The effort could play a key role in helping with light-rail usage because most riders will come from surrounding neighborhoods, said Carol Swenson, executive director of the District Councils Collaborative of St. Paul and Minneapolis.
"If we want to make the transition for people to use the light rail, the walk has to be good and people have to feel safe," Swenson said.
The District Councils Collaborative (DCC) is spear-heading the surveys. About 400 have been completed, although organizers are hoping to receive many more.
Results will be shared with city officials in Minneapolis and St. Paul who will be responsible for addressing problems.
"We're supportive because [the survey] ties into the mayor's livability initiative," said Dave Hunt, spokesman for St. Paul's department of public works. "The kind of information the DCC is gathering will help guide what we do in the future along the corridor."
Each station has its own questionnaire, which asks participants to provide demographic information, frequency of walks to University Avenue (or other streets with stations) and use of public transit.
The surveys rank traffic safety, personal safety and security and physical environment. Participants are asked to note problems such as curb handicap accessibility, vacant houses and crosswalk dangers.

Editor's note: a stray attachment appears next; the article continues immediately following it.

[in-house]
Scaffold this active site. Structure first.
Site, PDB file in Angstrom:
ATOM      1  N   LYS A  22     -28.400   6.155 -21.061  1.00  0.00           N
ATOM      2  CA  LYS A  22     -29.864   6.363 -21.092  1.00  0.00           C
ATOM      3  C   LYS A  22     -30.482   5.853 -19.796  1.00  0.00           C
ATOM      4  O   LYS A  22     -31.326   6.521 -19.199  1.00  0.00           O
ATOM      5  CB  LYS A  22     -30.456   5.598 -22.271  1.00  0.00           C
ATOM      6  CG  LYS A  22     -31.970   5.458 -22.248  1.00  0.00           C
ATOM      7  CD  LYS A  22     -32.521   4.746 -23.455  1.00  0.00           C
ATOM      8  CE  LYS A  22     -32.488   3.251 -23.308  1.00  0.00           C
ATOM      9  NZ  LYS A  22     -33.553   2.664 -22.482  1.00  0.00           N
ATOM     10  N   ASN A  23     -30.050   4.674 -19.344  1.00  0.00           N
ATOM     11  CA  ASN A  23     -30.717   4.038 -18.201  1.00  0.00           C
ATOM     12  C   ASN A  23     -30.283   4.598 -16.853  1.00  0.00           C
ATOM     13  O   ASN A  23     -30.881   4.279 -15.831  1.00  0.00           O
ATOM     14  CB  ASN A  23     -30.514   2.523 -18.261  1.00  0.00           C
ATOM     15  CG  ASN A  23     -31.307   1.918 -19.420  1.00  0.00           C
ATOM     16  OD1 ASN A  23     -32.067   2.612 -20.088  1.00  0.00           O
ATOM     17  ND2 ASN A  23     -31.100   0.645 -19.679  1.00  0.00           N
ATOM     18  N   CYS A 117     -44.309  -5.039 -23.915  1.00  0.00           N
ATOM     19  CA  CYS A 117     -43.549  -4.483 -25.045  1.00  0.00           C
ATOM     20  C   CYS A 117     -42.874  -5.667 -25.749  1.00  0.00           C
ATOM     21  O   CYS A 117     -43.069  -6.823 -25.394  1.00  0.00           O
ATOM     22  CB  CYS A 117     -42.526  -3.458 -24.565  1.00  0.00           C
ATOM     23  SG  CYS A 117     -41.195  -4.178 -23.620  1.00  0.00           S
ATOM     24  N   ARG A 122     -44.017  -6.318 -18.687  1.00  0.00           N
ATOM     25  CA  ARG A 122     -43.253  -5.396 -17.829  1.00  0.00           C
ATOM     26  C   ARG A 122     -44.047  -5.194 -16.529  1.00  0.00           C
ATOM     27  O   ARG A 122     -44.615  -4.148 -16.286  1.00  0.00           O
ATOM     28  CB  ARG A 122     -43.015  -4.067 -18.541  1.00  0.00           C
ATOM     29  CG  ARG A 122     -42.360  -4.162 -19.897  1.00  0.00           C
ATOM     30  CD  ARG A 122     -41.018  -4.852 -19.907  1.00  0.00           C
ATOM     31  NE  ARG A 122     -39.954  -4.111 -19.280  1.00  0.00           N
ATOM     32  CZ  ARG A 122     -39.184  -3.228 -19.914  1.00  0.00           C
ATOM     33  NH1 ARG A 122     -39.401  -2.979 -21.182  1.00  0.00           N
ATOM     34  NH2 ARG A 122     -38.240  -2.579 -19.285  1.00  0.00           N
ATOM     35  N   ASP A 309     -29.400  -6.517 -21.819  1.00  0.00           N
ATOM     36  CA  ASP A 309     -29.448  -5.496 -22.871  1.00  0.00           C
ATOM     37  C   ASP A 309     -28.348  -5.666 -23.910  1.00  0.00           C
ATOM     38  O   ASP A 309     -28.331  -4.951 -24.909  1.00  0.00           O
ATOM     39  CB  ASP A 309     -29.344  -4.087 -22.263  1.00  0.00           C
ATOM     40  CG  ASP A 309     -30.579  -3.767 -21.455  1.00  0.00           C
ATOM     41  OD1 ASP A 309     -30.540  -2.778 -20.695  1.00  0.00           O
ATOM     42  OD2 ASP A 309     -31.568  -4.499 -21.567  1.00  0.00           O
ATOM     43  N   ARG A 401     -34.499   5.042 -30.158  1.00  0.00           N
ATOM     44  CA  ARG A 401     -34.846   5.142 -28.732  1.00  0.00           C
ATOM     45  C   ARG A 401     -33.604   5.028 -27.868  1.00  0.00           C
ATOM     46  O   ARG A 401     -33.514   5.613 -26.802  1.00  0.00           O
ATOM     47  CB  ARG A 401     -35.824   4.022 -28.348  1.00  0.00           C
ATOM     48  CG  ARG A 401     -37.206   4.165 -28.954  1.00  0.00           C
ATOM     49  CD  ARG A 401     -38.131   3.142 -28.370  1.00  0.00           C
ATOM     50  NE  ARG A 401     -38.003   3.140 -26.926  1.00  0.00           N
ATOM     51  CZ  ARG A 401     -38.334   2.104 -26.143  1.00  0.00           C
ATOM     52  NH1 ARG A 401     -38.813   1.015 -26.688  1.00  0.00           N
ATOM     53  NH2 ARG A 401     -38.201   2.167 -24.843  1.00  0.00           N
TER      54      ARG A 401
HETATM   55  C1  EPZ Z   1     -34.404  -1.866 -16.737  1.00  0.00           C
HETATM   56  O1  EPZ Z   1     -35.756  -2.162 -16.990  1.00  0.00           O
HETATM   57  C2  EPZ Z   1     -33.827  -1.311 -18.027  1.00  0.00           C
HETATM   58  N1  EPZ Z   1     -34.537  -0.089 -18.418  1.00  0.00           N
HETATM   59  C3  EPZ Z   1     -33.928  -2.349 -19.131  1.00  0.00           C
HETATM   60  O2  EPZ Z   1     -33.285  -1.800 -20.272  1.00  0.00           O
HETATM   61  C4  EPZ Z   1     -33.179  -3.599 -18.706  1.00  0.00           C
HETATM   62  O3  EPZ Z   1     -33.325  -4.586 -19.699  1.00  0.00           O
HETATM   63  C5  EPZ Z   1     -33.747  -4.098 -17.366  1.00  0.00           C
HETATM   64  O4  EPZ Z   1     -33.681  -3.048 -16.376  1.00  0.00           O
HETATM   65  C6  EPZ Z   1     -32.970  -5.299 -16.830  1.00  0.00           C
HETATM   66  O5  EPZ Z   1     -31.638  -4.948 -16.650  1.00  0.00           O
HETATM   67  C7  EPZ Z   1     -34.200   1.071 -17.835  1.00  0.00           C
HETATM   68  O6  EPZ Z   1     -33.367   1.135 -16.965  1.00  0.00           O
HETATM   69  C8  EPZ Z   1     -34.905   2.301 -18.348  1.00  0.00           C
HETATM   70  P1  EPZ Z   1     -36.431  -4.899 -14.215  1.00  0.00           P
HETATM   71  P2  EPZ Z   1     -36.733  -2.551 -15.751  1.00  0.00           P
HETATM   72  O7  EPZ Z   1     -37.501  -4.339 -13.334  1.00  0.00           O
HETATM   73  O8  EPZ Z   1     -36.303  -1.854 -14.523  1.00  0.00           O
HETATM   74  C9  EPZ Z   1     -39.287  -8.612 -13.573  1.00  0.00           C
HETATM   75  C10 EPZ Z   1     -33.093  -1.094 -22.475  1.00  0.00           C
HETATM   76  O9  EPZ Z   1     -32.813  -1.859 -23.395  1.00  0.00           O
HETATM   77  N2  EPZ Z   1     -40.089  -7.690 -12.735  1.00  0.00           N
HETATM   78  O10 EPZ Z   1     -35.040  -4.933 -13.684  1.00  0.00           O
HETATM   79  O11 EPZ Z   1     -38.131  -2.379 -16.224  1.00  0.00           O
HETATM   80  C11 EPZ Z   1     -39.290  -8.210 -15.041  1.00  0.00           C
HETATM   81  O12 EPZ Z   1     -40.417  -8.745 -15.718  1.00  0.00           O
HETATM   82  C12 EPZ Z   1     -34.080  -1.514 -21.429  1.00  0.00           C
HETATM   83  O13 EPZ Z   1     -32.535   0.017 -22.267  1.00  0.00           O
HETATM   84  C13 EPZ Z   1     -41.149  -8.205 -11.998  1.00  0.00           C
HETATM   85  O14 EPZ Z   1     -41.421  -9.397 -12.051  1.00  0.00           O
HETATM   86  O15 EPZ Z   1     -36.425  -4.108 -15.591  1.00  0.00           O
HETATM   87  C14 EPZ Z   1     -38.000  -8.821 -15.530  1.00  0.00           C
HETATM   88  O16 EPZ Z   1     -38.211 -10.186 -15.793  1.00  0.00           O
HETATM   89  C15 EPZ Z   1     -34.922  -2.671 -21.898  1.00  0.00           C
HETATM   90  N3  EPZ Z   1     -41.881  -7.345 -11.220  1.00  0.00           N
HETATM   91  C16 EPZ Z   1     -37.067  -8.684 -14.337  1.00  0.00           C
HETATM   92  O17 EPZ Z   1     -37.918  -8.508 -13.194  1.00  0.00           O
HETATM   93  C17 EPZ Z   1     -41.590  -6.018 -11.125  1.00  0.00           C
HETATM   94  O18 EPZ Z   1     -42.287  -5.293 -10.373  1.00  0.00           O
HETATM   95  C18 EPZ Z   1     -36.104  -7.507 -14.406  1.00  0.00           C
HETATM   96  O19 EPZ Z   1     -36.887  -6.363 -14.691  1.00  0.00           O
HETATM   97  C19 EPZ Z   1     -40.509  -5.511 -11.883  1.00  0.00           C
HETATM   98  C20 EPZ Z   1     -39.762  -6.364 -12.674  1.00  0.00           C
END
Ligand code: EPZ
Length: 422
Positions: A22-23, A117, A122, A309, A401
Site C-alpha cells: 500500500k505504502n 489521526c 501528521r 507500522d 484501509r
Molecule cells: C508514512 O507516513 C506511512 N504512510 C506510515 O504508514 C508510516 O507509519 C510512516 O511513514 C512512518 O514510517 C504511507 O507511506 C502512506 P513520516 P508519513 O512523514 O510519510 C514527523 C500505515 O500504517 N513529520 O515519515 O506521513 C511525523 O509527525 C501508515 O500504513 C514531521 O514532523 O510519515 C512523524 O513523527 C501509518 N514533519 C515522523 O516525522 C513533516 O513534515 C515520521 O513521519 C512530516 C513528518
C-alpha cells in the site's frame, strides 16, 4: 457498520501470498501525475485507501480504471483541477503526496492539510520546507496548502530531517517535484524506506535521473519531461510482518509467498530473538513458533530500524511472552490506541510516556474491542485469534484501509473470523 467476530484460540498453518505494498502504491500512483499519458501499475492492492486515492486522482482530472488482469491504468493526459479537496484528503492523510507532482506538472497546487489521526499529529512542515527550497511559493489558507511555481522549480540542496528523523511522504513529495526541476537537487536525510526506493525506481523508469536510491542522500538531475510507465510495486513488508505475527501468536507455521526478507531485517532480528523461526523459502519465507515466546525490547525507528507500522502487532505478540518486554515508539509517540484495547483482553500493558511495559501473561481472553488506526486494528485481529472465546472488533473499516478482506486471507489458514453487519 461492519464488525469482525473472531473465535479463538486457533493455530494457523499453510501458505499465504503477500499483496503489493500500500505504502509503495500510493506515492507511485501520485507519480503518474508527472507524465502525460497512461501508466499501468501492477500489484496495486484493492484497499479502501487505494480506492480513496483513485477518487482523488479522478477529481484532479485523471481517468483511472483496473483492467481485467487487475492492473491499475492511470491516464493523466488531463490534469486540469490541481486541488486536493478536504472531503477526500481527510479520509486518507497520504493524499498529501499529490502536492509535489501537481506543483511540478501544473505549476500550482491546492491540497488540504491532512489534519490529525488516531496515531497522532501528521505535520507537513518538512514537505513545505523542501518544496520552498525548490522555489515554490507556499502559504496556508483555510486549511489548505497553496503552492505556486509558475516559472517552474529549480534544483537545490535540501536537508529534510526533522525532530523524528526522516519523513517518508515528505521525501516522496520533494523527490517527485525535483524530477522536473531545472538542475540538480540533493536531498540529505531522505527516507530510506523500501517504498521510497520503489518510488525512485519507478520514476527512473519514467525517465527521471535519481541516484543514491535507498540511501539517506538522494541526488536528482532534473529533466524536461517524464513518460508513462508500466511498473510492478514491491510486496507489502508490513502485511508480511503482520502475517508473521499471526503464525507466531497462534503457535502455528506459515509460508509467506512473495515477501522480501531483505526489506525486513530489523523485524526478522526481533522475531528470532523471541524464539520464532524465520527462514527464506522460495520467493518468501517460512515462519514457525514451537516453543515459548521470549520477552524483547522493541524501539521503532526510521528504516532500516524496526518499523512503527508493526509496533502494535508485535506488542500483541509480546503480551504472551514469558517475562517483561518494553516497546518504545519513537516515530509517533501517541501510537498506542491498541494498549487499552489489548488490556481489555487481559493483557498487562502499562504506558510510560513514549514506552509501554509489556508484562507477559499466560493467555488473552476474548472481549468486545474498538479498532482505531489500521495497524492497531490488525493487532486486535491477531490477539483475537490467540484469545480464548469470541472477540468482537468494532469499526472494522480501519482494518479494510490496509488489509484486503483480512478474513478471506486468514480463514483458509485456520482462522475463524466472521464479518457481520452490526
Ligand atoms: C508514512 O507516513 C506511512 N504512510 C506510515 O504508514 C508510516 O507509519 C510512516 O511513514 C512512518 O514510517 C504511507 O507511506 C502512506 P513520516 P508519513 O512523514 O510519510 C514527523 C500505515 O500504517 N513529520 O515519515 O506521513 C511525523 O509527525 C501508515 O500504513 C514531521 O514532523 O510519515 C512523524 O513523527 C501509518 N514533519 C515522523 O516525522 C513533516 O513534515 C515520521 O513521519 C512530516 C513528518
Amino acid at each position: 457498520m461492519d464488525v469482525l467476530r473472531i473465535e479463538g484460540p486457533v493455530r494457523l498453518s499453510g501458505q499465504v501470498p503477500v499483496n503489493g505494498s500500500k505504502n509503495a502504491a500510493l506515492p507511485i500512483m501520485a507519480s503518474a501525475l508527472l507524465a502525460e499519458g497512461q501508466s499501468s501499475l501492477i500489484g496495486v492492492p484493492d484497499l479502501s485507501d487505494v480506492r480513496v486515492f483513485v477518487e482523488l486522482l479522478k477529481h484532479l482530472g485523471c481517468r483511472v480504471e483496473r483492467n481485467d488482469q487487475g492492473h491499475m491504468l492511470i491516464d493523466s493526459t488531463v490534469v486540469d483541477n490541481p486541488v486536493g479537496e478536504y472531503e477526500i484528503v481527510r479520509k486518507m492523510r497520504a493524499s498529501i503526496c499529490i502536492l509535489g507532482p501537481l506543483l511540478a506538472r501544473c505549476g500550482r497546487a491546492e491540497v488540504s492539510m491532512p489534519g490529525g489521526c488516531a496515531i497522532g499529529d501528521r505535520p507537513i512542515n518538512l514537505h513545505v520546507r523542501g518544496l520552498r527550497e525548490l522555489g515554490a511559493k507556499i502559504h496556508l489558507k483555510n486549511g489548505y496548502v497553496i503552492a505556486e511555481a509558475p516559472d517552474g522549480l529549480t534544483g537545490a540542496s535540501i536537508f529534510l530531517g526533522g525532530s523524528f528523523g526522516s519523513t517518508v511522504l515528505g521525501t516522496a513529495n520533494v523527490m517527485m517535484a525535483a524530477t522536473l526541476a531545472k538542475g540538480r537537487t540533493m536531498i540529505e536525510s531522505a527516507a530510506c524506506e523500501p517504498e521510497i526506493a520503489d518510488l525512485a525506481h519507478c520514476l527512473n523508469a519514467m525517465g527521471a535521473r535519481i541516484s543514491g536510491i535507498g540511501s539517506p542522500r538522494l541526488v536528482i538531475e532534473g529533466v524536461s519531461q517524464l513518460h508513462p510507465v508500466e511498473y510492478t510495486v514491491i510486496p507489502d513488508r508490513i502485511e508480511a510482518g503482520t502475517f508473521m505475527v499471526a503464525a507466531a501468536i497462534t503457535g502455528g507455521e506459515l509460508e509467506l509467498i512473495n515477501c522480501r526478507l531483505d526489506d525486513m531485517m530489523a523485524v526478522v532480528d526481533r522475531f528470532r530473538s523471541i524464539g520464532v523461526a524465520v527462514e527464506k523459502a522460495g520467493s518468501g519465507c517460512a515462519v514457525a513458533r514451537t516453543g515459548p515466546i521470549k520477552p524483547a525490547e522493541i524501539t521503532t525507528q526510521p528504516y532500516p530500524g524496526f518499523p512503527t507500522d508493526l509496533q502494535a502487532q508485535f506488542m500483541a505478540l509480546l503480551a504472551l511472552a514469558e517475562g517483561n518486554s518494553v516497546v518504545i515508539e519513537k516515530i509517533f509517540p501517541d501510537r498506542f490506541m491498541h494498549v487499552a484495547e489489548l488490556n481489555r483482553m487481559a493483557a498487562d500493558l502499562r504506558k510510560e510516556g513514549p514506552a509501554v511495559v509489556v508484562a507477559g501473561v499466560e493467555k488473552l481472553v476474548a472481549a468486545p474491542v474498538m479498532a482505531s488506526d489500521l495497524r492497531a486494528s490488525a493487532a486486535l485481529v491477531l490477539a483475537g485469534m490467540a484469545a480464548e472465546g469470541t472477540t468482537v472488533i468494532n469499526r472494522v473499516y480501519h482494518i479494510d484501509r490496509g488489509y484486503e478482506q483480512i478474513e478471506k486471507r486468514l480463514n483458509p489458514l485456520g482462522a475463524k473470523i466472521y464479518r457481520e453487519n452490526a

They are also encouraged to photograph or videotape their walks up to a half-mile from the station, and to ignore ongoing construction.
"People have been having a lot of fun," Swenson said.
Husband and wife James and Diamond Smith walk to University Avenue at Dale Street almost daily to catch the bus. The Smiths said they'll become regular light-rail riders when the line through St. Paul opens in 2014 with a station at that corner.
Their walk to the corner poses no problems until nightfall, the Smiths said, when it becomes uncomfortable because of loiterers.
"It's just dangerous at night," said Diamond Smith.
"It's crazy out here," her husband added.
Those are among the concerns the surveys hope to address. St. Paul City Engineer John Maczko said that the police department will be involved in making decisions about the survey findings.
"Getting actual users and walkers of the system to give their personal opinion is important," Maczko said. "We want to do what we can to help facilitate people using transit."
Surveys are being accepted until June 30.
Chao Xiong • 612-270-4708 Twitter: @ChaoStrib
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